Image via The Cool Hunter
Creative and inspiring work environments were once the domain of ad agencies, such as Olgivy & Mather. Whimsical office spaces looked more like an Alice in Wonderland movie set than an actual place of business. The aim: to make the workplace reflect their inspiring, groundbreaking ideas.
More and more businesses are adopting this innovative spirit to imprint their corporate culture on their offices. From GHD’s space-ship-esque reception room to Red Bull’s jungle-gym throwback to Volkswagon’s spa-like factory, brands are pushing the limits of architecture and ingenuity to create a unique environment:
Mindlab – Running out of whiteboard space can be a problem during long brainstorms. The Ministry of Economic and Business Affairs in Copenhagen solves this problem with their pod-shaped meeting room made entirely from whiteboard. If you can’t get a word in edge-wise, simply write it down on the table or turn around and jot it on the wall. Simple, creative and functional: the way a government should be run.
Red Bull – Running late for a client meeting? Don’t take the stairs. If you’re in Red Bull’s London office, you should opt for the slide. It makes sense: a slide saves time, energy and lightens your mood before the big client meeting. It is certainly in-line with Red Bull’s high-energy, adventurous brand.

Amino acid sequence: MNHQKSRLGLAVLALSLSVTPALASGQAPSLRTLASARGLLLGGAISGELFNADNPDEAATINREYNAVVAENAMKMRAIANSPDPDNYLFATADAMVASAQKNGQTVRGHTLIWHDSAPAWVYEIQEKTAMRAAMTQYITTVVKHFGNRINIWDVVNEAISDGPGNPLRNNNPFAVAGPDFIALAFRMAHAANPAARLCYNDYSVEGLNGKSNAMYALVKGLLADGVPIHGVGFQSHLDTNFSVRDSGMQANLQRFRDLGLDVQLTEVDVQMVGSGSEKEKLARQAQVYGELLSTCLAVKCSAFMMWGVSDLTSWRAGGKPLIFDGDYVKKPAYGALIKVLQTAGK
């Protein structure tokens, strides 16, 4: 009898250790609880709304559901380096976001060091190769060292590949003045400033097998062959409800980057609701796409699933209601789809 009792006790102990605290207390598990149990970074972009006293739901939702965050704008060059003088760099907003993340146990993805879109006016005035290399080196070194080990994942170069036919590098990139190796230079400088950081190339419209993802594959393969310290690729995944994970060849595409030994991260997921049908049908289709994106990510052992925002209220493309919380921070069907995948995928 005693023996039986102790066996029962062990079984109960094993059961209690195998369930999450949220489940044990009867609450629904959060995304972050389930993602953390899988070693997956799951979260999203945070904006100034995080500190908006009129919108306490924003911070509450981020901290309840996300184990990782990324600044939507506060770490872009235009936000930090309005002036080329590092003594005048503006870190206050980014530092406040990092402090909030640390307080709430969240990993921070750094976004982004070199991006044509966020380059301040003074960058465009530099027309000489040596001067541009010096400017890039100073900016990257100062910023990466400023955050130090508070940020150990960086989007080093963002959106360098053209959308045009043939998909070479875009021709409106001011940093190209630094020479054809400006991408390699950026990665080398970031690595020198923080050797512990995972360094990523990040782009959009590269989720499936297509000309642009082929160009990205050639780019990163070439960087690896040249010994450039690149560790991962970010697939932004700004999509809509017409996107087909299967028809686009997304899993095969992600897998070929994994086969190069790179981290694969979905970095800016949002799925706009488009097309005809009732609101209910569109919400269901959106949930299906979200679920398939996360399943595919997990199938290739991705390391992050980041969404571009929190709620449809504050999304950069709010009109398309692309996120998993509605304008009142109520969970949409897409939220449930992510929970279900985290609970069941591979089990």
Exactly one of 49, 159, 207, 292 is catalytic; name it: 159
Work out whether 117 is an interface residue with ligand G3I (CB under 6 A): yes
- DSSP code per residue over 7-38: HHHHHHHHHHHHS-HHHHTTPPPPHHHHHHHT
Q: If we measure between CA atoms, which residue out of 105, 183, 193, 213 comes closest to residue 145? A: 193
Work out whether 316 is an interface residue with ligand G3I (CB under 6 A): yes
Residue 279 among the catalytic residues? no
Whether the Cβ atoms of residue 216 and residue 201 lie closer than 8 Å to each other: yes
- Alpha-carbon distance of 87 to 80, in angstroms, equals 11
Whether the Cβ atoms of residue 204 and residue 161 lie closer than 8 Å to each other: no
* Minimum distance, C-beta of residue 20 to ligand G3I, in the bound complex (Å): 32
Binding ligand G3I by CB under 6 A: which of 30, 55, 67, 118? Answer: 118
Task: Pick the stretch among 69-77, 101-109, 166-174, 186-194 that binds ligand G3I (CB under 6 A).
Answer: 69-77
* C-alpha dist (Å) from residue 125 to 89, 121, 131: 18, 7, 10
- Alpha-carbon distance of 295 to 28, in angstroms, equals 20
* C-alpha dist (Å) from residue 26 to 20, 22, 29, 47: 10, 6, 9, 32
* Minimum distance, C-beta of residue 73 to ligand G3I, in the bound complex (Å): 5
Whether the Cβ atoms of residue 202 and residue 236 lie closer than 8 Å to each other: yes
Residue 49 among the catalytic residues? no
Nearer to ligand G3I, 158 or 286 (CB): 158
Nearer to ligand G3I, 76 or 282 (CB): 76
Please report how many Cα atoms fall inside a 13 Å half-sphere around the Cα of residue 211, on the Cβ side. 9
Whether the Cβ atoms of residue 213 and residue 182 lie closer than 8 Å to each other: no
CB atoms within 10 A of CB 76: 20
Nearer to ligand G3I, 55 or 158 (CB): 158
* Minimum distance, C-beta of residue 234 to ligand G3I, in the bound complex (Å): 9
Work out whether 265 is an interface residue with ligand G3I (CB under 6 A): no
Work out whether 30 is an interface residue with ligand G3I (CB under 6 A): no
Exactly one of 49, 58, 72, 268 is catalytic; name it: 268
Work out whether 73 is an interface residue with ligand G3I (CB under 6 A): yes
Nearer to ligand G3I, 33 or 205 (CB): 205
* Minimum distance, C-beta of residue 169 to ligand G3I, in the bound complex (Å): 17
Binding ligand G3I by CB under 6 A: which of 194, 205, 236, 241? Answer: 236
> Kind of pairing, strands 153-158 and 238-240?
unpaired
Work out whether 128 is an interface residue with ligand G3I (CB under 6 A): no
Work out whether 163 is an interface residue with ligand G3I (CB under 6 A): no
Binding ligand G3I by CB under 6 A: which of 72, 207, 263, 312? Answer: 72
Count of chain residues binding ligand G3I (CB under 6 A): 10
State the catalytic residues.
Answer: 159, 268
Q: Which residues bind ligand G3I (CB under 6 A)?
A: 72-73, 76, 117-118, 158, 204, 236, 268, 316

VW Phaeton Plant — Factories often conjure up images of charred, omniscient smoke stacks reminiscent of the industrial revolution. VW aims to change that with its Phaeton Plant. The auto factory looks more like an elegant gym than well… a factory. The Phaeton Plant reflects VW’s dedication and attention to quality, from the assembly line to where the rubber meets the road.
The Macquarie Investment Bank — An innovative work space doesn’t just inspire creativity, it can be progressive and forward-thinking. The Macquarie Investment Bank in Sydney Australia’s work space is forward-thinking in that it focuses on eco-sustainability. The space is open, flexible and the interior staircases have reduced the use of elevators by 50 percent, and more than half of employees change their workspaces each day, and 77 percent enjoy the freedom to do so.
GHD — There are many space-ship-esque offices out there. A large, orbit or disc-like structure screams futurist philosophies and high-design. No one took that as literally than the makers of hair straightening irons, GHD. To convey its sense of style and class, GHD’s waiting area looks like something reminiscent of Star Wars. You can picture Luke chasing after Princess Leia through GHD’s reception area. Beam me up Scottie!